What went right this week: the future of work, plus more positive news

The world’s largest four-day week trial began

The notion of working less for the same pay might sound utopian. But for thousands of UK employees it became a reality on Monday with the launch of the world’s largest four-day week trial. 

Some 3,300 staff from 70 UK businesses are taking part in the six-month pilot. Banks, automotive firms and even a fish and chip shop signed up. Participants are expected to maintain pre-trial productivity levels while working 80 per cent of their regular hours. 

The pilot was launched by campaign group 4 Day Week Global in partnership with Autonomy, a thinktank, and the 4 Day Week UK Campaign. Researchers from the University of Cambridge, University of Oxford and Boston College will study its impact.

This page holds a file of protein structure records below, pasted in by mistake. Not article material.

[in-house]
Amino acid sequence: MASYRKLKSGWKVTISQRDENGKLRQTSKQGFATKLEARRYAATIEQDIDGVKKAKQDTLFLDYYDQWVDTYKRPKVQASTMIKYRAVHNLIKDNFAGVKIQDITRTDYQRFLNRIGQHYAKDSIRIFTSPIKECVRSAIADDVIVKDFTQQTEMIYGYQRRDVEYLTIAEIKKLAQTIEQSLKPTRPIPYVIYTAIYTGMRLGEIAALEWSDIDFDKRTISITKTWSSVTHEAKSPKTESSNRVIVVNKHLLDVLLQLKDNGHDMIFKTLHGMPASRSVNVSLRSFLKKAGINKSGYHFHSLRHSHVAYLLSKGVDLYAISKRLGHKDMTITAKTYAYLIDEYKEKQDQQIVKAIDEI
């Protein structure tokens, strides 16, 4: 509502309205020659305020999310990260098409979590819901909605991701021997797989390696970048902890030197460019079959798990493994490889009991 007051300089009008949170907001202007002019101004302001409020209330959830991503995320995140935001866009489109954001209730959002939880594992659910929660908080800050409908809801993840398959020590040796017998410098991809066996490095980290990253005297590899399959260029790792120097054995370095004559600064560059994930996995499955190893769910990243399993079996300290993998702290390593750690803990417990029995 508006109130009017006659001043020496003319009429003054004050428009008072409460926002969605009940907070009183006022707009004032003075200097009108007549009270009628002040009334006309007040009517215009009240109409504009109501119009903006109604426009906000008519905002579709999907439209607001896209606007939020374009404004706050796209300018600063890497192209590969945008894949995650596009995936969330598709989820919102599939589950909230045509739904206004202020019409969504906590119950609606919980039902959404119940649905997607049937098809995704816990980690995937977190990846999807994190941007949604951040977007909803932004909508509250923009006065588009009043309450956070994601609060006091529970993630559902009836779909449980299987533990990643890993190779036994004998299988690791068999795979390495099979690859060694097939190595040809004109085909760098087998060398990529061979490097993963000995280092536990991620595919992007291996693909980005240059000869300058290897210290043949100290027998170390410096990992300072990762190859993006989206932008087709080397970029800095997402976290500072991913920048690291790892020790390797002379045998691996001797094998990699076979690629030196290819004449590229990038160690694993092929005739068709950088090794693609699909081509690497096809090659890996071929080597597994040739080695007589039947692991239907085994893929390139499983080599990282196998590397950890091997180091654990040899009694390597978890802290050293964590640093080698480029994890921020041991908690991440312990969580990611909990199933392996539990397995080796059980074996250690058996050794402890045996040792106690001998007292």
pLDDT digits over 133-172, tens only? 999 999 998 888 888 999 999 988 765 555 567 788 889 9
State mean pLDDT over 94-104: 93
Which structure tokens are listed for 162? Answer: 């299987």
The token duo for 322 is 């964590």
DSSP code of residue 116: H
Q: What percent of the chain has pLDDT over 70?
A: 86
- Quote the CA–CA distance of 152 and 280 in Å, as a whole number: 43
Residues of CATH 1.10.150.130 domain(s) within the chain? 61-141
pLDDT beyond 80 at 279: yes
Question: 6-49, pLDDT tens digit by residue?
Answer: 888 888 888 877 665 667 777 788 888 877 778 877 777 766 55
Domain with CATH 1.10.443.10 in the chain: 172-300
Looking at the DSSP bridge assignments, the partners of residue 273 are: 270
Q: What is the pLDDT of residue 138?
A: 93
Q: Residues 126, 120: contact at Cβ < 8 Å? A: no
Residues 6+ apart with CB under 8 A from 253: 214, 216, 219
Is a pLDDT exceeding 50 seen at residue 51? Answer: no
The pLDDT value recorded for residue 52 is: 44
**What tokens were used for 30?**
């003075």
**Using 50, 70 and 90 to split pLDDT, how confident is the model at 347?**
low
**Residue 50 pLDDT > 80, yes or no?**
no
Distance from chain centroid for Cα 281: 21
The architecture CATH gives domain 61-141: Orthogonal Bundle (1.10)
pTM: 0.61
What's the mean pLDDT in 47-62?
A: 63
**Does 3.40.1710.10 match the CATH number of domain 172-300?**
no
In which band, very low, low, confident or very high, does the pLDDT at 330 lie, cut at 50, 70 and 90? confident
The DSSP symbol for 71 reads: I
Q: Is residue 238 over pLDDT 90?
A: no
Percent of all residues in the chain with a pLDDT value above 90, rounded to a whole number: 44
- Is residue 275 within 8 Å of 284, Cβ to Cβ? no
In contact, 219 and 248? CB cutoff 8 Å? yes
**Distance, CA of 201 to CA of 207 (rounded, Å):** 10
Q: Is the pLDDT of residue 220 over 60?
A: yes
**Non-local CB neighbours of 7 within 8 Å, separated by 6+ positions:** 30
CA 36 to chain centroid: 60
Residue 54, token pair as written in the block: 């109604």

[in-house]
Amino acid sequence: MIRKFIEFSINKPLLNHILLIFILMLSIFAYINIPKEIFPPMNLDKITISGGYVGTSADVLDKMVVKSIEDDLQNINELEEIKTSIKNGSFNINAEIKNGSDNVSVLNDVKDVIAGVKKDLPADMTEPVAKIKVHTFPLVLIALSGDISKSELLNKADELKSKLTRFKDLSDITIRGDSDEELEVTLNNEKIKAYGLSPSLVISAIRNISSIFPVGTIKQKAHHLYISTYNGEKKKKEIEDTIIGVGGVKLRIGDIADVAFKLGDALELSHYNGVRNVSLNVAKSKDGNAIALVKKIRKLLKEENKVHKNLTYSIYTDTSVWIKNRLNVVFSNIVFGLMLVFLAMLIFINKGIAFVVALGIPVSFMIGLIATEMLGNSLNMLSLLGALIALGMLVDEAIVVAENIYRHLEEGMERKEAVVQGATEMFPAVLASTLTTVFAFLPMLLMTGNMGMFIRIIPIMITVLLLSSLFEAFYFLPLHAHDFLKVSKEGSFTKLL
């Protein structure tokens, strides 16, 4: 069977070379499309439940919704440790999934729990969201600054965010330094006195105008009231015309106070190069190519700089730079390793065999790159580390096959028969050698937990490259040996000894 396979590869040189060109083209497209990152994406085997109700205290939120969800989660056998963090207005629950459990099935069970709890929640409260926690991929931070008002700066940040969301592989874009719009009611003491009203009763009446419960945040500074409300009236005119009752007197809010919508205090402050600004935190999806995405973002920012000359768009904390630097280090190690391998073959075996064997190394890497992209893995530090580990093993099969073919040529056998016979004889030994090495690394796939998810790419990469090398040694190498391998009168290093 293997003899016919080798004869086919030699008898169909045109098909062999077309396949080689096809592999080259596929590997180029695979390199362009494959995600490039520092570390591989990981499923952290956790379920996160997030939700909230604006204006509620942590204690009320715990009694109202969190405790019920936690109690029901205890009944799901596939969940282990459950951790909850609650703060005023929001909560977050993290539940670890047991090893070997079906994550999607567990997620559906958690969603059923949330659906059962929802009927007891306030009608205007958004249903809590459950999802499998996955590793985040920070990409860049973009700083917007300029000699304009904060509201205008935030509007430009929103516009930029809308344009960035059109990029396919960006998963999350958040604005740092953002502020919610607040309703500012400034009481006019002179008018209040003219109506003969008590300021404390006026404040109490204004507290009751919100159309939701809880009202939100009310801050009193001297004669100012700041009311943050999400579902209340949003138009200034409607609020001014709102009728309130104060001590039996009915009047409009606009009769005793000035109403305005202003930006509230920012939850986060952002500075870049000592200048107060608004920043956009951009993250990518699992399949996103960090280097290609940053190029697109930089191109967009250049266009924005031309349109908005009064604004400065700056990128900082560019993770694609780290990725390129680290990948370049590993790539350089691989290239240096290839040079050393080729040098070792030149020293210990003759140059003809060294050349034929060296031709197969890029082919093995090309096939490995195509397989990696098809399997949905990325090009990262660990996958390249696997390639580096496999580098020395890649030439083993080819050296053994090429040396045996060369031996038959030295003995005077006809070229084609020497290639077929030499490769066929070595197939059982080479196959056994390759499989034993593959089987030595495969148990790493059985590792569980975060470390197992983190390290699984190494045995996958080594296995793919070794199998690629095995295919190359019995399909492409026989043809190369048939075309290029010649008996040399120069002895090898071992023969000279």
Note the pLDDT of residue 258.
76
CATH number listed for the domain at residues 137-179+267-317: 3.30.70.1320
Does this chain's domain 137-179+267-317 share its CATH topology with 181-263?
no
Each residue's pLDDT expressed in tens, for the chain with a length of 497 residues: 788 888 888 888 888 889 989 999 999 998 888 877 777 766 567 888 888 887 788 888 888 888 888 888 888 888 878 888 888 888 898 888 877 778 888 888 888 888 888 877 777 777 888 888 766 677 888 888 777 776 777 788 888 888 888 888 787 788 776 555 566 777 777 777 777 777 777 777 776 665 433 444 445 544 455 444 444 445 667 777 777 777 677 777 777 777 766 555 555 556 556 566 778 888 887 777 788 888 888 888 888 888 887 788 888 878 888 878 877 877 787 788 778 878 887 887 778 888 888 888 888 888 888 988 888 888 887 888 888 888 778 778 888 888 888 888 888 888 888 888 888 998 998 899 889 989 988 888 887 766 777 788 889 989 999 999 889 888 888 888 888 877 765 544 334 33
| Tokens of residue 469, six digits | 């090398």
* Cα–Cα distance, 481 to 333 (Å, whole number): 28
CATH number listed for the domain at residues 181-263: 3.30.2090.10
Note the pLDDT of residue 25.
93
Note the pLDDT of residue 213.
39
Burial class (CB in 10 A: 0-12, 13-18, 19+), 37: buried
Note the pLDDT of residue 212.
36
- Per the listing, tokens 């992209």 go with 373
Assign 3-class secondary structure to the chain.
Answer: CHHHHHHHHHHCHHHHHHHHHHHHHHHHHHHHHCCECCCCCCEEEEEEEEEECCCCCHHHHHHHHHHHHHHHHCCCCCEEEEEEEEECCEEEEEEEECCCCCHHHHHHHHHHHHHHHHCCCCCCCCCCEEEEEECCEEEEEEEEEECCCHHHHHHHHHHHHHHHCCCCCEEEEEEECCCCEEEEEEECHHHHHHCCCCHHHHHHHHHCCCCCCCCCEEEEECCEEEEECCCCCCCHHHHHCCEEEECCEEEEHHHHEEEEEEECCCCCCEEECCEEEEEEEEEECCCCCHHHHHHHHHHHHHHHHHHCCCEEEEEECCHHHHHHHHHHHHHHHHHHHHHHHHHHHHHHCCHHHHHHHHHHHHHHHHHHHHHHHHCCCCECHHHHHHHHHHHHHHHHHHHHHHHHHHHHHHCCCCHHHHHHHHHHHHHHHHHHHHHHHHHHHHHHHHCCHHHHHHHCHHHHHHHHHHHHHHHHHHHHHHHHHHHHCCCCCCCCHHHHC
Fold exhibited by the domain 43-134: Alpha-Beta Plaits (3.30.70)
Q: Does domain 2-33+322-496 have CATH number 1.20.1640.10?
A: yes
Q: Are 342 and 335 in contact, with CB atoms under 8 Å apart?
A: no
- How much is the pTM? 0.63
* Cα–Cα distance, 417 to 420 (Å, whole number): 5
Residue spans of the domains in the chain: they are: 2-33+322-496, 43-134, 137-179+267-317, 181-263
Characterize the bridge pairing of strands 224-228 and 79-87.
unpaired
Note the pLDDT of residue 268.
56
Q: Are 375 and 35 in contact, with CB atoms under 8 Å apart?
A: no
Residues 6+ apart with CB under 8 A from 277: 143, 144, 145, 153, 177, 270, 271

“The 20th-century concept of a five-day working week is no longer the best fit for 21st-century business,” said Ed Siegel, CEO of Charity Bank, which is taking part. “We firmly believe that a four-day week with no change to salary or benefits will create a happier workforce, and will have an equally positive impact on business productivity, customer experience and our social mission.”

Read more: 10 arguments for a shorter working week

Image: Marten Bjork

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